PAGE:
Tuesday, October 20, 2015

Tenmoku - A Closer Look

Tenmoku tea bowls are characterized by a thick glaze on the surface (both inside and outside) of a bowl.  Tenmoku bowls had its origins in China, where Japanese monks had visited Chinese temples (experts think monks, during the 13th century, had visited Tian-mu temple in China, hence the name 'tenmoku') and bought back these tea bowls (and I imagine some Chinese tea as well) when they returned to Japan.  Subsequently, these bowls were very popular with the Japanese and they started to make their own versions of tenmoku.

I had purchased a few tenmokus.  The top 6 pictures are Japanese tenmoku bowls while the last bowl at the bottom is made in China, where such bowls there are called Jian ware.  

I would like to share two observations of these tea ware :

1.  The glaze on the bowls were thickly applied and highly reflective.  The presence of iron oxide in the glaze may cause, intentionally, beautiful  patterns on the glaze after the tenmoku had gone through its firing process.  Depending on the heating and cooling times of the firing (baking) process,  these tea ware will have very unusual and artistic results.  Pix 6 shows an oil spot glaze, known as yuteki.  The pattern of the glaze on the last pix is call 'rabbit fur or hair' design characterized by very fine lines resembling the coat of a rabbit.  Readers, please click on the pictures to have an enlarged view.  

2.  Some of the Japanese tenmoku tea bowls comes with a metal rim.  These rims are usually made from silver.   You can clearly see these metal rims in pix 4 and 5.  Why a metal rim? My best guess is the metal rim was made to protect the very fine and thin temoku bowl rim which may be easily chipped off during handling of such bowls.  Rim chips may make drinking of tea from such bowls unpleasant and will affect the overall aesthetic appearance of these bowls.  I found the installation of these metal rims to be high quality and it does not in anyway, affect me when I drank tea from such bowls.  Almost unnoticeable.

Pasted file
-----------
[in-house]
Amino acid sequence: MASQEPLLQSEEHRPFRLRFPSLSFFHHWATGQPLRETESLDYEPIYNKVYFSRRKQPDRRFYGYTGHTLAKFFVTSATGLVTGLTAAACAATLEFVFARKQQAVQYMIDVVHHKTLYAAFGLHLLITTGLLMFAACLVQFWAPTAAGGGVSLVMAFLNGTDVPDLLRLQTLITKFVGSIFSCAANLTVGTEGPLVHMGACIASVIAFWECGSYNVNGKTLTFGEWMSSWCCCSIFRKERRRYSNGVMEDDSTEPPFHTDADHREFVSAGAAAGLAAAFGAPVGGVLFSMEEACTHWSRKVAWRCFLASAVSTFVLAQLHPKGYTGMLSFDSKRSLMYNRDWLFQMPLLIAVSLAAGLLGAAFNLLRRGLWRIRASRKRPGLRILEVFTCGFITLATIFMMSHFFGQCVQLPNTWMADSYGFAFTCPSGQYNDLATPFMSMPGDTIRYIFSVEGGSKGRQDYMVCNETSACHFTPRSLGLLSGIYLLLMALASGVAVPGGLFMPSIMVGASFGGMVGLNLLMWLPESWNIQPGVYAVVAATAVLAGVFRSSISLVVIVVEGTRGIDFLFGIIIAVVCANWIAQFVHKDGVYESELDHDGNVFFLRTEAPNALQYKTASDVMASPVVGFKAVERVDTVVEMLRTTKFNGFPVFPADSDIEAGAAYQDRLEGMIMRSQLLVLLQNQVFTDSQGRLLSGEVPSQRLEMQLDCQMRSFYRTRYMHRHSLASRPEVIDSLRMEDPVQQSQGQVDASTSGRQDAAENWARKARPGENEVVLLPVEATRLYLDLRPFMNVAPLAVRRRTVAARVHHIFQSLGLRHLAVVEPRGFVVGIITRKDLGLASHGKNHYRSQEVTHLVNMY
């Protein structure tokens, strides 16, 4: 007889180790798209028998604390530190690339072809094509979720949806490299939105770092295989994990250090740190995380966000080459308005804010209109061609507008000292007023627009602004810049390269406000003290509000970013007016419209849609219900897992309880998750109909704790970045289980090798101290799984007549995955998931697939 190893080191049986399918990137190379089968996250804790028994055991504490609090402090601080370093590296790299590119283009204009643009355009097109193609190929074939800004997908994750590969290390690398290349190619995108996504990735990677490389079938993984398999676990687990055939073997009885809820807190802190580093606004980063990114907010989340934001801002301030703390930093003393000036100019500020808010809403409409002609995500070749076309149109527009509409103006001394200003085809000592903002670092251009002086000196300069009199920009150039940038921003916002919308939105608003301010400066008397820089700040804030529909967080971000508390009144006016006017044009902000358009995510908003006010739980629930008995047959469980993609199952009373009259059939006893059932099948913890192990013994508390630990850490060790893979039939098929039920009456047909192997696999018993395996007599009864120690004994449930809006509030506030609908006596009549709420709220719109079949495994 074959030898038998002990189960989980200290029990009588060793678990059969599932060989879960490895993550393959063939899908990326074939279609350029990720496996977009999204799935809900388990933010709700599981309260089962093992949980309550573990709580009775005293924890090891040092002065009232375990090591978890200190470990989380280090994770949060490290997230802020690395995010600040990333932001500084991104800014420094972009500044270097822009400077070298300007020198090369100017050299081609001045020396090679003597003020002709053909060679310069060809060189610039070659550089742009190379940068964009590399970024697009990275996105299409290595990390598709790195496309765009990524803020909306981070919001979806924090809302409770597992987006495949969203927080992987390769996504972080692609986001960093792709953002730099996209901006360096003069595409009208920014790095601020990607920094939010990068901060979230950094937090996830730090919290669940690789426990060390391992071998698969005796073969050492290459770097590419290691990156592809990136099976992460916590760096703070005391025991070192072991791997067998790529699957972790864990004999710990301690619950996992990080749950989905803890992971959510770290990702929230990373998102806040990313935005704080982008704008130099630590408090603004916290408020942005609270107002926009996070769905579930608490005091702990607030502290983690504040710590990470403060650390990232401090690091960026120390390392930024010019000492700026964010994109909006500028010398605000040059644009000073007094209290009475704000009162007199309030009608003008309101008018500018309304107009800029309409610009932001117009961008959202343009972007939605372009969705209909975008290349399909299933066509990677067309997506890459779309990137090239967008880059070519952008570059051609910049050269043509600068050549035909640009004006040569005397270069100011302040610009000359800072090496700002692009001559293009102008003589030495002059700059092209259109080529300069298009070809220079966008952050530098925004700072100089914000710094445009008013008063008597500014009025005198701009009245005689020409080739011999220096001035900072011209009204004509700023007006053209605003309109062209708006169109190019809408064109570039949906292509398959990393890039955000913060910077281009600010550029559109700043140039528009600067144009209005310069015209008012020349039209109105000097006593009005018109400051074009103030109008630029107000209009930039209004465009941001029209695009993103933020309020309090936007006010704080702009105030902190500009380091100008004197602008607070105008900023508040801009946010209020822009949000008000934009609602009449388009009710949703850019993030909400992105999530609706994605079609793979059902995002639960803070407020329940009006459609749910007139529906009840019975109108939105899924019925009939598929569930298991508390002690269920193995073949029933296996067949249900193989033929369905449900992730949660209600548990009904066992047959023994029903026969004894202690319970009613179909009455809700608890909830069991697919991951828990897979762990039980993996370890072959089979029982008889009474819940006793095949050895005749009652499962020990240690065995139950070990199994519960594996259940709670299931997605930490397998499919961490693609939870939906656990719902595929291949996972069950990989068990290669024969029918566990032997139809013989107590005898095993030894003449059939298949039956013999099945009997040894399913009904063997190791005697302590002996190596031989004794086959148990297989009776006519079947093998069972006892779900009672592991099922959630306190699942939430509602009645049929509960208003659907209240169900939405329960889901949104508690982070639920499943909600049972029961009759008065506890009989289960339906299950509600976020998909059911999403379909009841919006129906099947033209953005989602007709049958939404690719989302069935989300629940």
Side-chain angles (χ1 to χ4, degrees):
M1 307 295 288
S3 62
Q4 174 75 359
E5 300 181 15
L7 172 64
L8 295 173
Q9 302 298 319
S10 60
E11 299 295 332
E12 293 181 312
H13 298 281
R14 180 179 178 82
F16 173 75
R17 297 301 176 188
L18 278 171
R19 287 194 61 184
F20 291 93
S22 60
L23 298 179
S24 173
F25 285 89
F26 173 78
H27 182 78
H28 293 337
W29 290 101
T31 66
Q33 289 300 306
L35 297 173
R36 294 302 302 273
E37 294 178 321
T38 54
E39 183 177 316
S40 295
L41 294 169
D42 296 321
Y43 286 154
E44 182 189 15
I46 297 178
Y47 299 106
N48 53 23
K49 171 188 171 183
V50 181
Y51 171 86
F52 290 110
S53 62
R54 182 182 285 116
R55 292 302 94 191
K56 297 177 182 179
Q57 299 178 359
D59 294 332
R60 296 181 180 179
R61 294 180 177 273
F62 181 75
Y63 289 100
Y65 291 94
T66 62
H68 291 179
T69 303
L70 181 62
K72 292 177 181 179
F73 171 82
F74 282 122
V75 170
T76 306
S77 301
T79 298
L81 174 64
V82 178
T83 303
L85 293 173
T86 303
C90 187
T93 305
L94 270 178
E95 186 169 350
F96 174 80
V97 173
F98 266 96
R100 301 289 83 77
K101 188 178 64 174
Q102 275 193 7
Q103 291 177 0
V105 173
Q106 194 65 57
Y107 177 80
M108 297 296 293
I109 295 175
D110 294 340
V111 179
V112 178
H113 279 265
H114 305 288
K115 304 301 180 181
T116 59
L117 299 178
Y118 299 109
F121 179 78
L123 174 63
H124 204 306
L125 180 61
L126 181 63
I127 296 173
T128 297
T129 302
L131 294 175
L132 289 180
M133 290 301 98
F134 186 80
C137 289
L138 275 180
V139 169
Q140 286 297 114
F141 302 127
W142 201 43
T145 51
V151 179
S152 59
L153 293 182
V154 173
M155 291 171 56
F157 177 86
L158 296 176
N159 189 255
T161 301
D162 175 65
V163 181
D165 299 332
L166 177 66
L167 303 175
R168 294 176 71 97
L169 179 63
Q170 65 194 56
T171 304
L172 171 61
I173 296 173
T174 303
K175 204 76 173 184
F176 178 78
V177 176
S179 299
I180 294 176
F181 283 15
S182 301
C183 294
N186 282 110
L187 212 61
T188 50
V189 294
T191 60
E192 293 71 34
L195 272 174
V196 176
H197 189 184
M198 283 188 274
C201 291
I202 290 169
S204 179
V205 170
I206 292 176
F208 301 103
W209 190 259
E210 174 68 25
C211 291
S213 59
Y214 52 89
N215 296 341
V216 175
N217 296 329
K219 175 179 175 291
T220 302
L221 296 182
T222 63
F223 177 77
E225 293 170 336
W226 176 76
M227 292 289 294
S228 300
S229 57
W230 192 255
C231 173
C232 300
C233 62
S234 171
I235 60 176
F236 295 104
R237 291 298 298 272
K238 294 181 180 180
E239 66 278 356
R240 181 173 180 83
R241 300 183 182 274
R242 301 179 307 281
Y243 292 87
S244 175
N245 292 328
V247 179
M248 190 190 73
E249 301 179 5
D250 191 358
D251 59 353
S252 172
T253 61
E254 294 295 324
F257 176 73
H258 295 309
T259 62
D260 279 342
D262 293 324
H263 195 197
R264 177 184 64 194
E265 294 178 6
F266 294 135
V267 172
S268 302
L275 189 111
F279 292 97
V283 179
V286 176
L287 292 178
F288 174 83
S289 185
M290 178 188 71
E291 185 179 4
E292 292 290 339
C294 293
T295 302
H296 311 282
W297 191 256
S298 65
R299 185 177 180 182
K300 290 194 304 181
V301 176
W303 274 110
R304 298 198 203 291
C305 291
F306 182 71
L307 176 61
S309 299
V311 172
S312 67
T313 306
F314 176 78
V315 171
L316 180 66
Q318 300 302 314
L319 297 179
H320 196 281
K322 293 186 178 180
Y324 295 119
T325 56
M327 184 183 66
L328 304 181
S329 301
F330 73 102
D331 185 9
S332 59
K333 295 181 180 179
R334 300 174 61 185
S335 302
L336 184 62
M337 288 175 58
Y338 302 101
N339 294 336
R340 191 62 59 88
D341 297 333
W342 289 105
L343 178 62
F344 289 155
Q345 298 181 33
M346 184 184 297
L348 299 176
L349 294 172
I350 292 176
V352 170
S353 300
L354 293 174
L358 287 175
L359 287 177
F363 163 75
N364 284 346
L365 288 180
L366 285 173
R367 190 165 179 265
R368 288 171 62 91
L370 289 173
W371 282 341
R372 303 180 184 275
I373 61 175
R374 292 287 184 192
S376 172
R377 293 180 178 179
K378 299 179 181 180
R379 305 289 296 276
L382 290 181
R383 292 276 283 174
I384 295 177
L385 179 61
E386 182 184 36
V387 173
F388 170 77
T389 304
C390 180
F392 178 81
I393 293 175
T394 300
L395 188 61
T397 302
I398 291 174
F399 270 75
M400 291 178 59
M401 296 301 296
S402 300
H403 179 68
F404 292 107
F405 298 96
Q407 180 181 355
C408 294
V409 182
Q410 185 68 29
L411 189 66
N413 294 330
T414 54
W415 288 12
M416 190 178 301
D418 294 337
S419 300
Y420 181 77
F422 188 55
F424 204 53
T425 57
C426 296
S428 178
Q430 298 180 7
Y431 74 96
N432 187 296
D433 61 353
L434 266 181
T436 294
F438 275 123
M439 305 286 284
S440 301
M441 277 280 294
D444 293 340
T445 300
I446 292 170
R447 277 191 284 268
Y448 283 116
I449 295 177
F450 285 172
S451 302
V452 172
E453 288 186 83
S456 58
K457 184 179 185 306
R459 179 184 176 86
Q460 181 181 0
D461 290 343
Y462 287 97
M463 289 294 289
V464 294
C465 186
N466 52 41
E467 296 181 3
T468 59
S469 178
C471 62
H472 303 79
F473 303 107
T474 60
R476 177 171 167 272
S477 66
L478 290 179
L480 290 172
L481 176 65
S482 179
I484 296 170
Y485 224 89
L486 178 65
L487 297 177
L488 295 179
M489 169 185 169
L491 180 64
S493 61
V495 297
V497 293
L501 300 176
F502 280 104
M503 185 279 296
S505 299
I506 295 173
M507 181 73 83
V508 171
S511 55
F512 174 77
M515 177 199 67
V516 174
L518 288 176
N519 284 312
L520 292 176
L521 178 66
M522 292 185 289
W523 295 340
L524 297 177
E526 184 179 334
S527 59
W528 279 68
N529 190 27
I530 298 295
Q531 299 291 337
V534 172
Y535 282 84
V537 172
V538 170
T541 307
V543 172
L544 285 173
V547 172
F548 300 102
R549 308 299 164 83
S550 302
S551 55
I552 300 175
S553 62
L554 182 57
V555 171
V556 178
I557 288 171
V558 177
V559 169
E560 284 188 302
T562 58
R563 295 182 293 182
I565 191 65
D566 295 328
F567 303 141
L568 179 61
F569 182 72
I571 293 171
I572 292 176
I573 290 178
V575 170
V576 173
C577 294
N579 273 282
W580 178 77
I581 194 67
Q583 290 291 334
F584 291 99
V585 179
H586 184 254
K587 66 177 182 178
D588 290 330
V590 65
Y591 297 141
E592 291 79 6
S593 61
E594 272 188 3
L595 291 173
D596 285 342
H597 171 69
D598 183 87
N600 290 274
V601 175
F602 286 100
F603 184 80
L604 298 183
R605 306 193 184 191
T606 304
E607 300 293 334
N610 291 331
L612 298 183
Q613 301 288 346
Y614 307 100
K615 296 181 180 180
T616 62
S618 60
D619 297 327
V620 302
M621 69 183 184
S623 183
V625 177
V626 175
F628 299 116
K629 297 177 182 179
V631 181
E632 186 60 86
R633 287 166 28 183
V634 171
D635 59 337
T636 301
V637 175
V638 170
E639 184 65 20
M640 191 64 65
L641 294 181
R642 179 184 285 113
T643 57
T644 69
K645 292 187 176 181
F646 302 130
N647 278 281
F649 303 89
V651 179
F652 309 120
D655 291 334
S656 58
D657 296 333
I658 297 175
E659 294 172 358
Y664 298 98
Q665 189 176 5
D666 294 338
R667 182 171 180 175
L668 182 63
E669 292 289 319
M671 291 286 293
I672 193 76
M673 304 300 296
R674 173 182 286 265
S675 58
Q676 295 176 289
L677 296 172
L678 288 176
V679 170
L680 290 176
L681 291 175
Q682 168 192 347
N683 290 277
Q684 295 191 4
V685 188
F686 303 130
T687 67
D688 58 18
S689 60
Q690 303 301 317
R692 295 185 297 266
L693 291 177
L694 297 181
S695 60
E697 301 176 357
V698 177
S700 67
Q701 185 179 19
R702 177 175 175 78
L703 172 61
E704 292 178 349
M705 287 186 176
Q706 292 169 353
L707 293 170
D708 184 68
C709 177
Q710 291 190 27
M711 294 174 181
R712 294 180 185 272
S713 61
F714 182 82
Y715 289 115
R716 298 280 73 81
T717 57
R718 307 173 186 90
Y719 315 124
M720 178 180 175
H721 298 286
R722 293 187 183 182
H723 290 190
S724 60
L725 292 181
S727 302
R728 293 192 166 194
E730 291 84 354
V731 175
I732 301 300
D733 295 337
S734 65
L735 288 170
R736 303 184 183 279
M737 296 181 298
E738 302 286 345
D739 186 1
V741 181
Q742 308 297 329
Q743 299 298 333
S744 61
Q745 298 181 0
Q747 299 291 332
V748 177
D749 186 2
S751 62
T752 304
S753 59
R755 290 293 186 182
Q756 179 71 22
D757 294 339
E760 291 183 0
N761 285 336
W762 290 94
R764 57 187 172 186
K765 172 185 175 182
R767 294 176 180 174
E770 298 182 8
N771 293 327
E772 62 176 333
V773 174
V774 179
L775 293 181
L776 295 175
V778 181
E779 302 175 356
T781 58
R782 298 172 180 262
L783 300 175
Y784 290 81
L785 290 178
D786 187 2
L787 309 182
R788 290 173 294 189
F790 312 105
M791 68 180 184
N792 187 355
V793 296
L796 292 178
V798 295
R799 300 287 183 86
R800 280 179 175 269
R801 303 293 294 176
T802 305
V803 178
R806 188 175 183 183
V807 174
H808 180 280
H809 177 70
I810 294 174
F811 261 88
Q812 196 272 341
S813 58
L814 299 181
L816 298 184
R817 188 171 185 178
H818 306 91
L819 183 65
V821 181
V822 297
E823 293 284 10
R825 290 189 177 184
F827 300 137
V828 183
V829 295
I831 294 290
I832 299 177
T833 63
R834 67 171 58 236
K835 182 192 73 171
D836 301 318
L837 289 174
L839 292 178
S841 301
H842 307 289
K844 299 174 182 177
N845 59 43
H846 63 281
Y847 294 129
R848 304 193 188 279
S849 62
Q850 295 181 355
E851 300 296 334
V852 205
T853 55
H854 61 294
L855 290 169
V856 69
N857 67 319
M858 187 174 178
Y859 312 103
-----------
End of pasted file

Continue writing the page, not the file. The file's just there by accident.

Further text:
Did you notice the tea bowl holder in the first 3 pix?  This is a tenmoku dai, a holder to rest the tea bowl.  These dai may be made from wood or lacquered in this case.  I suppose some of these tea bowls have such narrow bases or bottoms, and may cause the bowl to topple to its side, spilling in its contents if one is not careful and a tenmoku dai will help reduce such accidents.  

Drinking tea from these tea ware are very popular in China and Japan.  These tea drinkers attest the tea would taste better in terms of aroma and taste.  Moreover, the aesthetic factor will be turned up  few notches when such bowls are used in a tea session.  

Time to drink my pu erh from a yuteki oil spot tenmoku.  

Wednesday, October 14, 2015

Malaysia Tea News - Investing in Tea Leaves

This very interesting article, written by Tee Lin Say, appeared in The Star Online on 3 Oct 2015.  


Investing in tea leaves

Malaysia is deemed as the best place to store tea as the tea fetches a better price than that stored in Indonesia or Thailand.

BACKED by a 2,000-year history, Pu’er tea is among China’s top ten and has increasingly become an attractive investment for tea lovers today.

The market for Pu’er tea is relatively small, with only about 20 million to 30 million consumers worldwide. However, with Pu’er tea generating an average compounding return of 10% a year, the trend of collecting Pu’er tea is becoming increasingly popular.

Hai-O Enterprise Bhd executive director and chief operating officer Tan Keng Kang has been an avid tea collector since he was 14, While he was initially influenced by his parents’ love of Chinese tea, today, he is the tea expert for Hai-O and is also the president of the Pu’er Chamber of Commerce in Malaysia.

As a boy, Keng Kang remembered his father, Tan Kai Hee, who is the managing director of Hai-O, buying over a tea company – Chop Aik Seng Sdn Bhd – that had already been in existence for 100 years. Thus, after school, Keng Kang would head to the Chop Aik Seng tea shop to do his homework. Just for fun, he bought a few discs of Pu’er tea.

“It was really cheap, under RM10. And I remember that without having to wait very long, in about one to two years, my Pu’er tea had doubled in price! At that time, I felt it was such a windfall. This fired up my interest in Pu’er investing,” says Keng Kang.

Keng Kang started researching the different teas when he was 14. He also noticed another trend – while people would buy a few packets of Ti Kuan Yin tea, they would be buying Pu’er tea by the cartons. Why was this so?

First of all, the Ti Kuan Yin tea is best consumed within a year. On the other hand, the older the Pu’er tea, the better. It can even be kept for 100 years to be passed down to the next generation. Like wine, the older the tea, and depending on its place of origin and how it was manufactured, Pu’er tea becomes a lot more valuable over time.